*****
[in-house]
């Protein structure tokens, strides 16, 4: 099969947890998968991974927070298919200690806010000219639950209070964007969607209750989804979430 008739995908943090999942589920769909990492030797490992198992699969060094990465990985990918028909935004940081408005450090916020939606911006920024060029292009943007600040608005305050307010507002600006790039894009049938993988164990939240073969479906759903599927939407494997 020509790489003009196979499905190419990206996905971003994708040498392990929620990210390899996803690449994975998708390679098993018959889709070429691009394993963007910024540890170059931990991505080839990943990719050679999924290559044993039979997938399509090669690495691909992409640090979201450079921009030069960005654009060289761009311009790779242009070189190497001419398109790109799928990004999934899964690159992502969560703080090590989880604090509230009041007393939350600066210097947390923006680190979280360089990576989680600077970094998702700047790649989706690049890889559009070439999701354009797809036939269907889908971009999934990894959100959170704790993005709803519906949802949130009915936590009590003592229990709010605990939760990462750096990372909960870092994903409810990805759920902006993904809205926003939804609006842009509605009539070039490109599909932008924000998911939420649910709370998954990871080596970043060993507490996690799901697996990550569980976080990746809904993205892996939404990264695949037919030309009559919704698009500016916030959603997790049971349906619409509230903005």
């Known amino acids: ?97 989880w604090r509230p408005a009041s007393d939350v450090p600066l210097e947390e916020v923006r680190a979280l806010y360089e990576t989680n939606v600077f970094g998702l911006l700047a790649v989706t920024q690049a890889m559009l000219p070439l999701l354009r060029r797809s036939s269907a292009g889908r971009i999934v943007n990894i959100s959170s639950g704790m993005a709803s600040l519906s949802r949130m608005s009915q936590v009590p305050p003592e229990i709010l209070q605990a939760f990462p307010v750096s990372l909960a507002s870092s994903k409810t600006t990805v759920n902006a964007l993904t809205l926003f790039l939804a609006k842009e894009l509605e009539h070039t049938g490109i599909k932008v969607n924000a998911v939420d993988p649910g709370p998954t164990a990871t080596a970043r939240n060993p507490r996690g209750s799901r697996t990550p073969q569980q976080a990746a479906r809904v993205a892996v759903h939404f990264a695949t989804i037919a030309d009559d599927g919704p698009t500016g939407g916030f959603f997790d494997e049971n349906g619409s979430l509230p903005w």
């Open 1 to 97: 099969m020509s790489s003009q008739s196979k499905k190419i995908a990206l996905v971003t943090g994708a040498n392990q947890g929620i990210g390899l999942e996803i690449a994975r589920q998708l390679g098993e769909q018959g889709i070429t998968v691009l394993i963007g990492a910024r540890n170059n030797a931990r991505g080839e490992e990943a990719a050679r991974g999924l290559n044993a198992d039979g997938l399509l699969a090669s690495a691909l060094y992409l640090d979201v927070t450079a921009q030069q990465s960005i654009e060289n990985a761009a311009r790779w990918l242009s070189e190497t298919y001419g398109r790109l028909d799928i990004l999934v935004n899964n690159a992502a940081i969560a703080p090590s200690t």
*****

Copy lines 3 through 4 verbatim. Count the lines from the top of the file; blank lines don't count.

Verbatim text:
């Known amino acids: ?97 989880w604090r509230p408005a009041s007393d939350v450090p600066l210097e947390e916020v923006r680190a979280l806010y360089e990576t989680n939606v600077f970094g998702l911006l700047a790649v989706t920024q690049a890889m559009l000219p070439l999701l354009r060029r797809s036939s269907a292009g889908r971009i999934v943007n990894i959100s959170s639950g704790m993005a709803s600040l519906s949802r949130m608005s009915q936590v009590p305050p003592e229990i709010l209070q605990a939760f990462p307010v750096s990372l909960a507002s870092s994903k409810t600006t990805v759920n902006a964007l993904t809205l926003f790039l939804a609006k842009e894009l509605e009539h070039t049938g490109i599909k932008v969607n924000a998911v939420d993988p649910g709370p998954t164990a990871t080596a970043r939240n060993p507490r996690g209750s799901r697996t990550p073969q569980q976080a990746a479906r809904v993205a892996v759903h939404f990264a695949t989804i037919a030309d009559d599927g919704p698009t500016g939407g916030f959603f997790d494997e049971n349906g619409s979430l509230p903005w």
């Open 1 to 97: 099969m020509s790489s003009q008739s196979k499905k190419i995908a990206l996905v971003t943090g994708a040498n392990q947890g929620i990210g390899l999942e996803i690449a994975r589920q998708l390679g098993e769909q018959g889709i070429t998968v691009l394993i963007g990492a910024r540890n170059n030797a931990r991505g080839e490992e990943a990719a050679r991974g999924l290559n044993a198992d039979g997938l399509l699969a090669s690495a691909l060094y992409l640090d979201v927070t450079a921009q030069q990465s960005i654009e060289n990985a761009a311009r790779w990918l242009s070189e190497t298919y001419g398109r790109l028909d799928i990004l999934v935004n899964n690159a992502a940081i969560a703080p090590s200690t």